I got you know you from the periphery, like a blog follower, or a fan learning about a singer through their songs. We were young- myself barely a teenager- and it was Karen’s party, my mother’s best friend. You stood alone in the crowd. You were as silent as a flame and you wore only the colour of night, yet you stood out to me. An air of mystery surrounded you. Beauty. Look but don’t touch, you screamed, without words.
The next time I saw you was at the house of some people Karen knew. I don’t know who these people were to you, but you were staying there. Longer than they had expected. You didn’t have a home. I learnt that you were deaf, but unlike some deaf people, you did not speak.
Your name often came up at the table when Karen came round. You were the crazy friend. You did not like it when people left, and you had threatened to blow up your psychiatrist’s house. But when I turned nineteen and began therapy myself, I suddenly understood why. I understood what love can do to people. I understood what it is like to lose your only connection to the world. I understood how the mental health system can kill rather than save us. We were the people who the system could not help. We were looking for love and security in all the wrong places. We had been sucked in by a system built on glass and then spat out on the doorstep with our hearts clenched in our hands.
I was twenty two when we found ourselves in the same room once again, and you were in your late twenties. I trembled as I arrived at the Centre for Adult Education and pressed number four on the lift. My therapist also worked on the fourth floor of a building. Four was my number. I found the room the support group was in but paused at the door before entering. Finally I took the plunge and quickly grabbed one of the chairs which were lined in a U-shape around the facilitator at the front. I wished I could just crawl into a hole and not come out. I didn’t know whether I wanted to wear the badge of BPD, and still wondered whether it was mine to wear. We were all strangers, united only by our insanity. Then you arrived in a wheelchair with your interpreter.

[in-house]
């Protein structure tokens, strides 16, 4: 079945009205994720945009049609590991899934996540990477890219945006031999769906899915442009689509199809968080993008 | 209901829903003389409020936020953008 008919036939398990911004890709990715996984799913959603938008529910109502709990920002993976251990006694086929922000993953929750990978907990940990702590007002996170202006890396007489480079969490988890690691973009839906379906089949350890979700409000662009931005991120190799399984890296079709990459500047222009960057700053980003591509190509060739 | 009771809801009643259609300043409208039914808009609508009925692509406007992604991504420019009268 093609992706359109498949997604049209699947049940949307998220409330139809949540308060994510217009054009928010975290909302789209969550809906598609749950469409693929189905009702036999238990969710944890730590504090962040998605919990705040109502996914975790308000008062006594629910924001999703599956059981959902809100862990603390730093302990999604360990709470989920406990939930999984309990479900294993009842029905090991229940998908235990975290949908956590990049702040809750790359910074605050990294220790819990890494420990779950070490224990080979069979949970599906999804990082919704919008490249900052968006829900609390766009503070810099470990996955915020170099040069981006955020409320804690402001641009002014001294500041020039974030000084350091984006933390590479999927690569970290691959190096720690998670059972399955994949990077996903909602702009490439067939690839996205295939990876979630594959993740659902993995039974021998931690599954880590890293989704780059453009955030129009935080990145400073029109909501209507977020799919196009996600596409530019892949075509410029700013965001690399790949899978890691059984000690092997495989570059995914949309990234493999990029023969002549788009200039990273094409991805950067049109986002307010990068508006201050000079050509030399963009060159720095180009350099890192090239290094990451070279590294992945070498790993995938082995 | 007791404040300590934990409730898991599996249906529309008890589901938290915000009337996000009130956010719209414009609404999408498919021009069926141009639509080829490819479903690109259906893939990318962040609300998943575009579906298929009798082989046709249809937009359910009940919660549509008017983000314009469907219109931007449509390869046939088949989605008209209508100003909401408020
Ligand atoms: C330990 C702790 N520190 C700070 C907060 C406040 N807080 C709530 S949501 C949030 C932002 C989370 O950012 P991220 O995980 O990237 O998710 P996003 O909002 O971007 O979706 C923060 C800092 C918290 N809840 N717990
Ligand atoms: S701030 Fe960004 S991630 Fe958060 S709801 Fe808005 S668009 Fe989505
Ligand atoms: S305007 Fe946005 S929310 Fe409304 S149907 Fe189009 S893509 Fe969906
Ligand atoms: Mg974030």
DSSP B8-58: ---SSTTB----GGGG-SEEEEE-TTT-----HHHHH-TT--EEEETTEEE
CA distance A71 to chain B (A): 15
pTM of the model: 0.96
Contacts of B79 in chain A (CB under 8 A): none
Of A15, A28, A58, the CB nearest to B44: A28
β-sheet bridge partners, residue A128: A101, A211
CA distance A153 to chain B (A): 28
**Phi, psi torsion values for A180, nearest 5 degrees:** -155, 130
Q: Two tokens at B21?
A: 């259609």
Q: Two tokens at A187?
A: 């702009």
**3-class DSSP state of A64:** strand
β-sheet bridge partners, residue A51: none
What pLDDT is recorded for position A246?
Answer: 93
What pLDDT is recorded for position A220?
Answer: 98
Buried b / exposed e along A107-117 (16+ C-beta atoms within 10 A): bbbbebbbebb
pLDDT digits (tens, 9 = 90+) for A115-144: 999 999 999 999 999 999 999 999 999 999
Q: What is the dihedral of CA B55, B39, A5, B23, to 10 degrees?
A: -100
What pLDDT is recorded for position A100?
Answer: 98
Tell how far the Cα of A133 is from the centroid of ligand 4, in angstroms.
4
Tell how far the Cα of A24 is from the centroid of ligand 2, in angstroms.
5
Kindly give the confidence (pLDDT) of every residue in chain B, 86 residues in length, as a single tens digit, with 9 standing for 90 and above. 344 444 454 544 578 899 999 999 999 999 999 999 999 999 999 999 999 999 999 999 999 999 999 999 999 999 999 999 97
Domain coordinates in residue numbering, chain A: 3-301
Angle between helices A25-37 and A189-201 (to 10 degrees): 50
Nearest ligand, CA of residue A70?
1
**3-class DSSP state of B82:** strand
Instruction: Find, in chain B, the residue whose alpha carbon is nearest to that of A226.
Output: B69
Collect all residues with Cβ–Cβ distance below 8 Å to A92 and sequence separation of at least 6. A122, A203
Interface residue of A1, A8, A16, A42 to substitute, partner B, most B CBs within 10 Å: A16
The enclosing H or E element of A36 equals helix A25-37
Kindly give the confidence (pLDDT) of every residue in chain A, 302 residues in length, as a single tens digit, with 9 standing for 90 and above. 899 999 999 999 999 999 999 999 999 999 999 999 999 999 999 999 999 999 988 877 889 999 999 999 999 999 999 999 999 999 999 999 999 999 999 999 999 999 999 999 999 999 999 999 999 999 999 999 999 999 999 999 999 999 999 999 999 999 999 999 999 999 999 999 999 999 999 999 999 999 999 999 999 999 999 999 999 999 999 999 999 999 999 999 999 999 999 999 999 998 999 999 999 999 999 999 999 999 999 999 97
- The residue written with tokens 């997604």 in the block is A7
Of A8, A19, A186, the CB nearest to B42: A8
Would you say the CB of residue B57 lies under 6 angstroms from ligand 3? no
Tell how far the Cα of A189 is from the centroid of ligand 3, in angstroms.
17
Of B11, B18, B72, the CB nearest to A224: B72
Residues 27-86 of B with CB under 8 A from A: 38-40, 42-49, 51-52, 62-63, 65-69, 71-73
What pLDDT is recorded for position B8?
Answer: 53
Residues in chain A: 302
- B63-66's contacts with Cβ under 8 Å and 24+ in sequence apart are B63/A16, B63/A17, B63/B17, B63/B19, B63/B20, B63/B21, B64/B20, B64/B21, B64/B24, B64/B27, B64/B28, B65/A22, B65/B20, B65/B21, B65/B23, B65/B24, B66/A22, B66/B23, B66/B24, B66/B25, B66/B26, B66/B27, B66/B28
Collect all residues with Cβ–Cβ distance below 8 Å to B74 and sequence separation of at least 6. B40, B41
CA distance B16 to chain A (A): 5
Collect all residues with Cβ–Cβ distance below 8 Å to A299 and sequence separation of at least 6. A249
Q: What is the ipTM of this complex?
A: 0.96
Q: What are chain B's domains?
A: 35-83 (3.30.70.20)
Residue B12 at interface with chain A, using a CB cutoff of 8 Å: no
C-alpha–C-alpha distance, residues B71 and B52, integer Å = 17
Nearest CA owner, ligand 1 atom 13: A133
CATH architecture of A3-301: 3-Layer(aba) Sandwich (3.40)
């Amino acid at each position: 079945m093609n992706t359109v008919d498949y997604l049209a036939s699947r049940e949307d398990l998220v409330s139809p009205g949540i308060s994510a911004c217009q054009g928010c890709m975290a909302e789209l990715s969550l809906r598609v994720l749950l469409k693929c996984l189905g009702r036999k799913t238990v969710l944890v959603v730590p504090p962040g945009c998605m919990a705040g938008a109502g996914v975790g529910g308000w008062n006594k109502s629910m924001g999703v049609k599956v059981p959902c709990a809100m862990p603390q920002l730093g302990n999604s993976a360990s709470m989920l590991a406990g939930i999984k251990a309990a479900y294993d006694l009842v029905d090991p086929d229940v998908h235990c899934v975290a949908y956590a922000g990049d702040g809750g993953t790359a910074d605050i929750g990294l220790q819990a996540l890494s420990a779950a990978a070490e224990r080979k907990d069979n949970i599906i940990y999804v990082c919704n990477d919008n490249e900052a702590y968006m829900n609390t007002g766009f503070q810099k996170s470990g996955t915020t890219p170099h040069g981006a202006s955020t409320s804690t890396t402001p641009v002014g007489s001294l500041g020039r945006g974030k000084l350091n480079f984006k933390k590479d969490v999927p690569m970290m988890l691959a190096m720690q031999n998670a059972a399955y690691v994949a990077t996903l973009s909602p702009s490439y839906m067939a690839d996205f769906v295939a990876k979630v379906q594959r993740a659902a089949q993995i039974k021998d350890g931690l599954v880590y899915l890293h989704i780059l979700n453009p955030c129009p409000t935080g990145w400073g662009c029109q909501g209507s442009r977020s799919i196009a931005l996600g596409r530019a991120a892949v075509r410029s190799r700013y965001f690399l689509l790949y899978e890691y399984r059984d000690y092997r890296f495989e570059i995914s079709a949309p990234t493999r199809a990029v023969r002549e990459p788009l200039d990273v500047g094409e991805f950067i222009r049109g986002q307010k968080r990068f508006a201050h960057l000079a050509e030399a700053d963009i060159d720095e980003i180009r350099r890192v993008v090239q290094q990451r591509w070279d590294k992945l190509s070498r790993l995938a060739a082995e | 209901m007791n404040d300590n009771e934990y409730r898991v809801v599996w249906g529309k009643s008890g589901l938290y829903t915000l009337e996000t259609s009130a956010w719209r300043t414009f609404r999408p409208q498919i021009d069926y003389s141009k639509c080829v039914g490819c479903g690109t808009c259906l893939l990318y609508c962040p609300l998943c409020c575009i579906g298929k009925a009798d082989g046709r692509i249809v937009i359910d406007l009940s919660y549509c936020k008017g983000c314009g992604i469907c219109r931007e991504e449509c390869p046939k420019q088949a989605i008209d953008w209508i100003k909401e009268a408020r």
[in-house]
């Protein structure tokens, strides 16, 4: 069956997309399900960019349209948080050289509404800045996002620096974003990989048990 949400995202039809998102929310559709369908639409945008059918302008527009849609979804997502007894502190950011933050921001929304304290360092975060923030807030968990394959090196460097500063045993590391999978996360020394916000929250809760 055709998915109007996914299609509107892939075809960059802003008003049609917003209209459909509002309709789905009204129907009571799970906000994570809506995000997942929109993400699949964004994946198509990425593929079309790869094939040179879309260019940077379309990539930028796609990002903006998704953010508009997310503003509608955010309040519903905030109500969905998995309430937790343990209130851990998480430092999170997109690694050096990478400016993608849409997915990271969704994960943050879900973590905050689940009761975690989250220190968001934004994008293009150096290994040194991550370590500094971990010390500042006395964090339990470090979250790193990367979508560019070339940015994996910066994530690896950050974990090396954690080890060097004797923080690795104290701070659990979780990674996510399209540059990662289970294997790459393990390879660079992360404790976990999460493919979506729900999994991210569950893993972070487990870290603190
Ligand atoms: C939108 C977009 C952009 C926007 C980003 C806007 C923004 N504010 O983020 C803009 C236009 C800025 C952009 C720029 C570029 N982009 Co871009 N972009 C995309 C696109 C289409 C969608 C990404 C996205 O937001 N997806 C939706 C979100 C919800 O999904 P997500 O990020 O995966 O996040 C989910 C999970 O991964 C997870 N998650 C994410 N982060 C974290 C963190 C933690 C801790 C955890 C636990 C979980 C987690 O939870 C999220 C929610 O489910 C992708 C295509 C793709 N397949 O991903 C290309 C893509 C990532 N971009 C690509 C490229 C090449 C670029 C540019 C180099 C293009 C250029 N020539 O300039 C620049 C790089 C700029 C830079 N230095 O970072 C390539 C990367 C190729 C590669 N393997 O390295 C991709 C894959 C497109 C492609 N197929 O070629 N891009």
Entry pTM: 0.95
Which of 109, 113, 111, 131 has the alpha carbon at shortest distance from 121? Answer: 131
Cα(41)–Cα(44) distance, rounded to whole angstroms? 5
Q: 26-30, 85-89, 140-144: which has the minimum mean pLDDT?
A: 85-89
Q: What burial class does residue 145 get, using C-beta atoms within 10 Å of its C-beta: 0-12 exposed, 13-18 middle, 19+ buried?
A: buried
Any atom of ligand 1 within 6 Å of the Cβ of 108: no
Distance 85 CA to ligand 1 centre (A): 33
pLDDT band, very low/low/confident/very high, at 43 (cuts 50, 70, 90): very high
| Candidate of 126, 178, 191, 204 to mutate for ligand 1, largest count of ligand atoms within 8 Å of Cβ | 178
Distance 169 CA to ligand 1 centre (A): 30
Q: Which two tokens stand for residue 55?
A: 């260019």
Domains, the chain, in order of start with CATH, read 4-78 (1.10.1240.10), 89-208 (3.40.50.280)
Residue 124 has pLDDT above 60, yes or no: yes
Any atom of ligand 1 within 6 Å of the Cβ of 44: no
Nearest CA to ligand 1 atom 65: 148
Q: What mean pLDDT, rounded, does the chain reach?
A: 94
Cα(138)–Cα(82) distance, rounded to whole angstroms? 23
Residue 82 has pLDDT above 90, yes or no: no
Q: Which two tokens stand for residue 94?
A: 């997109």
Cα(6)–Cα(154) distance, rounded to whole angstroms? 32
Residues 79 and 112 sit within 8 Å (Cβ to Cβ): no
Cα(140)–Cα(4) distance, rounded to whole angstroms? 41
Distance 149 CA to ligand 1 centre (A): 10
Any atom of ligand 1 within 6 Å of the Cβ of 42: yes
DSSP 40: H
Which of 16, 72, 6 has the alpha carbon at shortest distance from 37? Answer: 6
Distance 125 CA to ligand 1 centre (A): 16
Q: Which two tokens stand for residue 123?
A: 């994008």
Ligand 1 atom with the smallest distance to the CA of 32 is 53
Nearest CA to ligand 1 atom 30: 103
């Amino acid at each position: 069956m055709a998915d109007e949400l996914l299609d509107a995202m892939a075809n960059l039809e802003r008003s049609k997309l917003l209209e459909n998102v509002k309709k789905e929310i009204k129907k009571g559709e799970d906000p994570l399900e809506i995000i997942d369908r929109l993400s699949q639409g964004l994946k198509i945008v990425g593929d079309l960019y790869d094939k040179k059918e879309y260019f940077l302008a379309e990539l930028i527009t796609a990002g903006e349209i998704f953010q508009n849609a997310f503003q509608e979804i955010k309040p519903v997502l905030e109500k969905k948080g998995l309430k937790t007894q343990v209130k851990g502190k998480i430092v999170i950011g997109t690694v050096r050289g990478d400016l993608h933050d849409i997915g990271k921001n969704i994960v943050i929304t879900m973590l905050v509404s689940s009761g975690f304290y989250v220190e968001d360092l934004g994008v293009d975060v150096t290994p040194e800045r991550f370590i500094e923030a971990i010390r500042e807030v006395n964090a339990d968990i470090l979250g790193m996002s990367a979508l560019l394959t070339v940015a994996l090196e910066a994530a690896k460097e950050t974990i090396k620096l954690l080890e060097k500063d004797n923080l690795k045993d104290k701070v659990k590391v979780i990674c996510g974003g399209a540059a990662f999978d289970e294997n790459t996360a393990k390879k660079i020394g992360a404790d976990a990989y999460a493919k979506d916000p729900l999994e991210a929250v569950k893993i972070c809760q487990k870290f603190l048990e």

We sat together in the support group each month but we never acknowledged each other. I wasn’t sure if you recognised me. Then one day, just as unexpectedly as you popped into my life, Karen died. I went to the funeral and, once again, watched you from a distance as you, too, arrived.
I finally approached you at our support group and revealed that I knew you. You remembered my dad and his distinctive beard which makes him a natural candidate for Santa Claus at Christmas gigs. I wrote to you online. I told you I had found out where my therapist lived and wanted to go to her house. You were the only person who truly understood. You told me the local police knew you and warned me not to go down the same path.
You told me that you were unwell. I told you I hope you get better soon, as is our automatic instinct. You told me that you were not going to get better. You had tumours the size of golf balls all over your body, though to me you never lost your beauty. It was a degenerative illness that took your hearing and was soon going to take your life.
I still think of you and feel the urge to contact you sometimes. “Milly will understand”, I think. Then I realise you are probably dead.
The flame that burns twice as bright burns half as long, Lao Tzu said. I don’t know how long my own life will last. I have long felt I’m going to be someone who dies young too. People don’t understand what it’s like to live with chronic illness. We think people get unwell sometimes but then return to a normal baseline of wellness. Some people, though, sometimes get well but then return to their normal baseline of unwellness. There are many things I want to do, but my days are never as productive as I hope. It is exhausting just to get something out of the cupboard. I try to go to bed early and have a good night so I wake up ready to tackle the new day but I do not wake up refreshed. I start my day behind the minute I wake up. Some people just don’t get better. You, Milly, understood that. You, Milly, understood how meaningless the words “get well soon” are.